After the distorted interlude a thick sonic wash acts as a disorienting segue back into the verses. The verses teeter totter to and fro again gently before being suddenly interrupted by an additional interlude. This movement is different from the heaver breakdown preceding it, this moment is a swirling vocal centered change a gentler approach than the first breakaway from the verses. The vocal melody line reminiscent of later Pretty's track 'Balloon Burning'

The final musical segment breaking apart the verses returns to the framework of the first aggressive freak-out of the track. A stringy electric beam of feedback blasts through the arrangement encouraging Povey’s keyboards to hurricane themselves into a swirling wash of white noise while underneath a gritty rhythm track chugs away.

The haunting verses appear once again this time now broken up by an unexpected dance hall interlude which peaks its head around the woody corner of a pub doorway. The contrasting sing-along pub segment is quickly sponged away as the verses appear again before sauntering away into the playground horizon and the slow fade out of the record.
In an era where musical creativity was reaching its apex and rock and roll bands were finding new and different ways of expression, a number of bands outside of the Beatles and Stones were releasing experimental and stunning records. The Pretty Things ‘Defecting Grey’ is one of those records that because of the wealth of creativity in the era made a statement and then fought for recognition as time passed on. The track encapsulates an era in the broader picture and represents a highly creative moment of the Pretty Things career when looked at in a macro level. The visceral track was influential to fellow musicians of the time and thought provoking for the music buying public and remains a song worthy of inspection and refection.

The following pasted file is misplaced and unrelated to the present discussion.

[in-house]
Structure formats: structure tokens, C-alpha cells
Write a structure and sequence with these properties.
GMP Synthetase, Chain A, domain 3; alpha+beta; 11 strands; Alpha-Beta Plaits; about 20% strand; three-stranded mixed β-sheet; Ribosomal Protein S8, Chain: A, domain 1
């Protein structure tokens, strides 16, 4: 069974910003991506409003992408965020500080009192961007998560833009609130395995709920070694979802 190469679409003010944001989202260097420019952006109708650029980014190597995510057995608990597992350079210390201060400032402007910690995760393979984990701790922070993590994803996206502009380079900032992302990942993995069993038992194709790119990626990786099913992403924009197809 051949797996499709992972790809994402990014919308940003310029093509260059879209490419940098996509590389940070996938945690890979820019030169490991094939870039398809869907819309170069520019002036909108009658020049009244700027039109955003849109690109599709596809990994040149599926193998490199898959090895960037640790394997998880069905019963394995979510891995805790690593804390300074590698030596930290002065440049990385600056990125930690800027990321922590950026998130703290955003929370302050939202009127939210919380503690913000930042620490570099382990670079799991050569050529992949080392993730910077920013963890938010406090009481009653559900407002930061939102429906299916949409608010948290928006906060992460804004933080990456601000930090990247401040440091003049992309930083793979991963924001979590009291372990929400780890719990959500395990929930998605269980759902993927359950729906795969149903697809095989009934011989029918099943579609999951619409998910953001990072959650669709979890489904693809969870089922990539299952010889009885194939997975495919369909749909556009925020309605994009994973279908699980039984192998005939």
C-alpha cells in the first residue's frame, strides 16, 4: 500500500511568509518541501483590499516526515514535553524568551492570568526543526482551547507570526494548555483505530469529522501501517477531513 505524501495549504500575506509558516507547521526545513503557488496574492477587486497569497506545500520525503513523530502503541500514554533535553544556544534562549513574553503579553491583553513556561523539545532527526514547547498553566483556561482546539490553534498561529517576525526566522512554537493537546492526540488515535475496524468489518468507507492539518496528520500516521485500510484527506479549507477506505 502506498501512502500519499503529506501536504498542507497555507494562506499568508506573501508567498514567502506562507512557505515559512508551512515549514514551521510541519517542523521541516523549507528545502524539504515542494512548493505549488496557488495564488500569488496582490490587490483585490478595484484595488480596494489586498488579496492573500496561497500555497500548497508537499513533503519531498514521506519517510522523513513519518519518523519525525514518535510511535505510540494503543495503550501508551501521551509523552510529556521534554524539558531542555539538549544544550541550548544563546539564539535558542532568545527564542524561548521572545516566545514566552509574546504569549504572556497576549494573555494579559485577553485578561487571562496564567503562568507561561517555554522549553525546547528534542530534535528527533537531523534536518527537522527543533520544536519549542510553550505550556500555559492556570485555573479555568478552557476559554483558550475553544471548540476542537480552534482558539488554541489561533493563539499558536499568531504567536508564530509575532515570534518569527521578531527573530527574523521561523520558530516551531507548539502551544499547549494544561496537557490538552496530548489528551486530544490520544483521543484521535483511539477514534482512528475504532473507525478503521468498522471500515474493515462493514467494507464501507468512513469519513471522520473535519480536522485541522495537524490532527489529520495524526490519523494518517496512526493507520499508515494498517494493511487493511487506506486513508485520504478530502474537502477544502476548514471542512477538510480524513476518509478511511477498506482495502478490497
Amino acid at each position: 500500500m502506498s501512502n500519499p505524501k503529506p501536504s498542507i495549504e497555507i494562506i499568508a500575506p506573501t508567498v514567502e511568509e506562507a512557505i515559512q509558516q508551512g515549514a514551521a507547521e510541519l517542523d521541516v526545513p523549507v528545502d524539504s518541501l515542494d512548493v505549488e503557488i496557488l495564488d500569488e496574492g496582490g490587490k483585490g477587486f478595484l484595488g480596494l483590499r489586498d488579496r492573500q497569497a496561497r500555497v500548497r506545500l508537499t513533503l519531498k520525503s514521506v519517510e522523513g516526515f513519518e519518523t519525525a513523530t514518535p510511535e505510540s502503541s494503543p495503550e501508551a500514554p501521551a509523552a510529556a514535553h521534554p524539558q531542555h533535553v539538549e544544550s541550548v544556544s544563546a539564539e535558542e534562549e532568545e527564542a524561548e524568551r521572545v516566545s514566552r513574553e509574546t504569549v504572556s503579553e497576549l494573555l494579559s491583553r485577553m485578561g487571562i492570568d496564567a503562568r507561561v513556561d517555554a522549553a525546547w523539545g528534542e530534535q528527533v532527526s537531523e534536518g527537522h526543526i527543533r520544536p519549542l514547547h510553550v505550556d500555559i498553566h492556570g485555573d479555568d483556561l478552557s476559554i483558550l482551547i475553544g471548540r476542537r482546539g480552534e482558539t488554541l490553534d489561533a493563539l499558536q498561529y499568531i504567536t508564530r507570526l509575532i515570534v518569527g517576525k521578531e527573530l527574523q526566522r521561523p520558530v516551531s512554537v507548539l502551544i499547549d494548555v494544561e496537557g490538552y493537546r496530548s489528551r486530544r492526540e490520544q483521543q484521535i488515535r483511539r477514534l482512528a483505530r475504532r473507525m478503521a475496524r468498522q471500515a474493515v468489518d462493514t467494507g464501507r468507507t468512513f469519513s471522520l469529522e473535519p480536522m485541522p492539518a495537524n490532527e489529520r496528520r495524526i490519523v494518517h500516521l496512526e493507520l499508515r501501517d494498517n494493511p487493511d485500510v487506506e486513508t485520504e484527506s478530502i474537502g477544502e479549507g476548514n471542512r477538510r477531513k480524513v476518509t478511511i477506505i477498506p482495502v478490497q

Monday, October 2, 2017

Ronnie Lane and Slim Chance - 'Ooh La La, An Island Harvest '-All Them That Took Me There and Back'

The perfect soundtrack to a resplendent Fall day, Ooh La La: An Island Harvest from the late Ronnie Lane and his ironically named early-1970s group Slim Chance is today’s rock room soundtrack.
Lane, founder of both the Small Faces and its follow-up group the Faces, penned or helped pen many of the most recognizable musical compositions of the 1960s and 1970s. In addition to his wonderfully melodic bass playing, Lane was a master of melody and colorful lyrical content. His later work with Slim Chance, however, was the rustic antithesis of his massive excursions with the Small Faces and Faces.

While always retaining the ability to create pop melodies, Lane’s music slipped into worn working clothes, tossing away the glitz and glamour of his prior band's world popularity. Of course, to this point Lane seemed destined to play a supporting musical role throughout his career, first to rock dynamo Steve Marriott, then to future Faces lead-man Rod Stewart. He often moved stealthily out of the spotlight, even as Lane’s other bandmates relished in it. The entire time, Lane would sit comfortably in the shadows writing classic songs, creating music on his terms and eschewing conventional commercial ideals.

After leaving the Faces in June of 1973, Lane purchased a sprawling farm in the English hills, and built his own mobile studio in order to create at home and also to follow his traveling musical circus, “The Passing Show.” Both of these decisions would eventually put Lane into debt, but they never dampened his incredible sense of adventure and his ability to elicit emotion through song.